Jen Singer's You're a Good Mom (Best baby shower gift since valium!)
I'm making an effort to work through a list of books I've been wanting to blog about, and the selection of the Republican running mate pushed this one to the top of my list: You're a Good Mom (and Your Kids Aren't So Bad Either) by Jen Singer, creator of the popular parenting site MamaSaid.net, "where moms like you can get some laughs and validation while your kids find new places to leave crumbs." (She also writes the Good Grief! blog about parenting tweens for GoodHousekeeping.com.) I read this book on an airplane a couple months ago and absolutely loved this girl's chatty, you-gotta-laugh style. And I thought about it again when people started dredging up a bunch of tired old crap about "mommy wars", which stuffs women into boxes labeled "Working Moms" (condemned as uncaring Lady Macbeth types) and "Stay-at-Home Moms" (harshly judged as lazy slobs.) For a culture that so horrendously underpays our teachers, we certainly have a lot of people claiming that their political agenda is for the good of children.
So what is a good mom? Is it politically incorrect to say that one kind of parenting is better than another? And for the love of sweet baby Jesus, can't we all just get along? Jen Singer's take on all this is refreshing, lighthearted, loving, and immanently pragmatic.
From the press kit:
For 21st century mothers, there seem to be just two choices: live up to the Super Mom or give up to be the Slacker Mom. One's bad for you; one's bad for your kids. So what's a momma to do?
In You're a Good Mom (and Your Kids Aren't So Bad Either): The 14 Secrets to Finding Happiness Between Super Mom and Slacker Mom, the Internet's favorite momma, Jen Singer, tells all. Turns out you can raise perfectly good kids in that sweet spot between flash cards at breakfast and "donuts for dinner, kids!" You'll find great tips like these:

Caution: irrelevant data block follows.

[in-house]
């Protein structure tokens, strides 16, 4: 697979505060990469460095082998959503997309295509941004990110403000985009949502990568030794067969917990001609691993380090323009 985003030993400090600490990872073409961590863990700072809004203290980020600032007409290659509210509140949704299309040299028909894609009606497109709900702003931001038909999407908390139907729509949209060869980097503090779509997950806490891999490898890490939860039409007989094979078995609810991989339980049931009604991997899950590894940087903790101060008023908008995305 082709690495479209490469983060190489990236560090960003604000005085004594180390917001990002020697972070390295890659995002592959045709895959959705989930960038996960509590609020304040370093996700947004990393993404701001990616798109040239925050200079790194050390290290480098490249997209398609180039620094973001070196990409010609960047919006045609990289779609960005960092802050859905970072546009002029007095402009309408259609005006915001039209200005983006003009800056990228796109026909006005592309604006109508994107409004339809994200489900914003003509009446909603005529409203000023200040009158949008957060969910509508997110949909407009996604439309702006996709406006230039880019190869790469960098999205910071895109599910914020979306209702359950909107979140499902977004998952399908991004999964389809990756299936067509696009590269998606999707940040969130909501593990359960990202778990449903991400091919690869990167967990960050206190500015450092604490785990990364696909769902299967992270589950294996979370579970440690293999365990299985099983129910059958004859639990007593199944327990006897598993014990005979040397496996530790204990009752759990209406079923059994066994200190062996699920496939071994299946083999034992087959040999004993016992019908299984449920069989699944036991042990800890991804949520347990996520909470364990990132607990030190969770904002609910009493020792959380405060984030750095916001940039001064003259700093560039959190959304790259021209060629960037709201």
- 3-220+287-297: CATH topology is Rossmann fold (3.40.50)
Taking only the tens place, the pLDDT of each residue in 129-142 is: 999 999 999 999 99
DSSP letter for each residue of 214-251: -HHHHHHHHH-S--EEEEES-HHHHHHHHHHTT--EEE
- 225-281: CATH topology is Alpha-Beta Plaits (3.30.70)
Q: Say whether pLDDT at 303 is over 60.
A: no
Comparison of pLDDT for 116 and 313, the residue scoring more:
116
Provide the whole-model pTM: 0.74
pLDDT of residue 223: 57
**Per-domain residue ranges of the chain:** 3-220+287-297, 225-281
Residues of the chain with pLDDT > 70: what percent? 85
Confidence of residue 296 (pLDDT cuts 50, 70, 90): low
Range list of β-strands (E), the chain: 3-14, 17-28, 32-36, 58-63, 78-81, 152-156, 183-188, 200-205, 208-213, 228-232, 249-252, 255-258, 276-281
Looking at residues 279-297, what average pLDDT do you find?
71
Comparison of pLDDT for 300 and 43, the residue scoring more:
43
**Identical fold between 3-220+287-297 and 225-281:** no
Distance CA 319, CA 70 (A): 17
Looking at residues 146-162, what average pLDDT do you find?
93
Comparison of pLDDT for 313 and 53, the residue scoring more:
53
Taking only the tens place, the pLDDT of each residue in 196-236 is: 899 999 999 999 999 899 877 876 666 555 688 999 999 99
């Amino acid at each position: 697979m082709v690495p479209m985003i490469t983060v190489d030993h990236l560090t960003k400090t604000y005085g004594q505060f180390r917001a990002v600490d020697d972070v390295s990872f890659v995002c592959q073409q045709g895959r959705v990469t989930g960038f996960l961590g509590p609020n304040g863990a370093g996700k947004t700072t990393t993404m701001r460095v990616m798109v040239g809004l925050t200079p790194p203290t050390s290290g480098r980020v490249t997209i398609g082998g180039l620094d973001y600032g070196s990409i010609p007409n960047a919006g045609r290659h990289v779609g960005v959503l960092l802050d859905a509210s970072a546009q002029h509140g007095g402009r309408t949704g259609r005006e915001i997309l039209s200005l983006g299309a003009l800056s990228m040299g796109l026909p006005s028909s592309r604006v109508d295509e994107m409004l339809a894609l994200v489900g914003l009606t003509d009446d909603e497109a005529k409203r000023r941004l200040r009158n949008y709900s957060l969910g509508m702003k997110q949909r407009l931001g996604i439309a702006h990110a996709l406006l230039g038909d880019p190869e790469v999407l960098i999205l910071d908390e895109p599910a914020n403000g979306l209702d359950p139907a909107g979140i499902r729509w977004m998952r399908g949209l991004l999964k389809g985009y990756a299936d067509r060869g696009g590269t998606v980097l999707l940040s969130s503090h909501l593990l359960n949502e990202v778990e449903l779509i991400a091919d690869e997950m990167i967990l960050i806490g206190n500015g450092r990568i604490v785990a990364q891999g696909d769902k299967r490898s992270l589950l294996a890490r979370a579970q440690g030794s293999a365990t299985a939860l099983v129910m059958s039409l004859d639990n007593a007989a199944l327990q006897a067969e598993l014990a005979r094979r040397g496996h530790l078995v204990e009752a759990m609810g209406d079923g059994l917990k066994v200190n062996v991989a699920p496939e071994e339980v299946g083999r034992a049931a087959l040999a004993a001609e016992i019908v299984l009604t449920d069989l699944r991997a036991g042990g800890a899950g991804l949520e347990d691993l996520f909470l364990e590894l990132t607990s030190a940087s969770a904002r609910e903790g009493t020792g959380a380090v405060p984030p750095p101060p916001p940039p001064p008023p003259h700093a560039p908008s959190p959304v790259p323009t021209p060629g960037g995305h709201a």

Don't answer the phone when the class mom calls.
Your kid's birthday party isn't your coming-out celebration.
Don't treat fine restaurants like a McDonald's PlayPlace.
You think you're a "cool mom," but they think you're a pushover.
Filled with "that happened to me, too!" stories, YOU'RE A GOOD MOM offers giggles and a pat on the back for today's moms, whether they're deep in diapers or petrified by puberty.
What comes out in Jen's book (along with the belly laughs) is the simple truth that a good mom is the mom who meets the needs of her kids as individuals instead of struggling to adhere to fads, peer pressure, the PTO posse, or tight-lipped mandates from her own mom/ grandmom/ mom-in-law. A good mom blesses opportunities to laugh but is not afraid to let her children see her cry.
I'm really glad a friend handed me You're a Good Mom. It's not something I would have picked up on my own because my kids are grown, but it's an entertaining, girlfriendy read that has a lot to say about life and relationships no matter where you're at in the journey. I also love this book cover design with the one wayward duckling who refuses to stay in line. Darlings, no matter how much time, creativity, devotion, and mental real estate we put into mothering, every kid is going to be that duckling once in a while. You gotta love the little rascal.
Jen and I are also cell sisters; she was diagnosed (on D-Day, no less) with non-Hodgkin's lymphoma -- just as she was mowing through the final draft of this book.
"By the time I turned in my manuscript in August," says Jen, "I'd finished half of my chemotherapy treatments. The tumor in my lung, which had been the size of a softball, had shrunk to the size of a walnut. I was tired, weak and bald, but my kids didn't care as long as I was home, which, by the way, was under construction. In fact, I edited parts of this book while sawdust fell on my head from upstairs and strange men hammered and sawed on the other side of the wall."
Truly one of life's intense refining fires raging there. Vampire that I am, I can't wait to see what this bright, funny, completely delicious young author does with the raw material.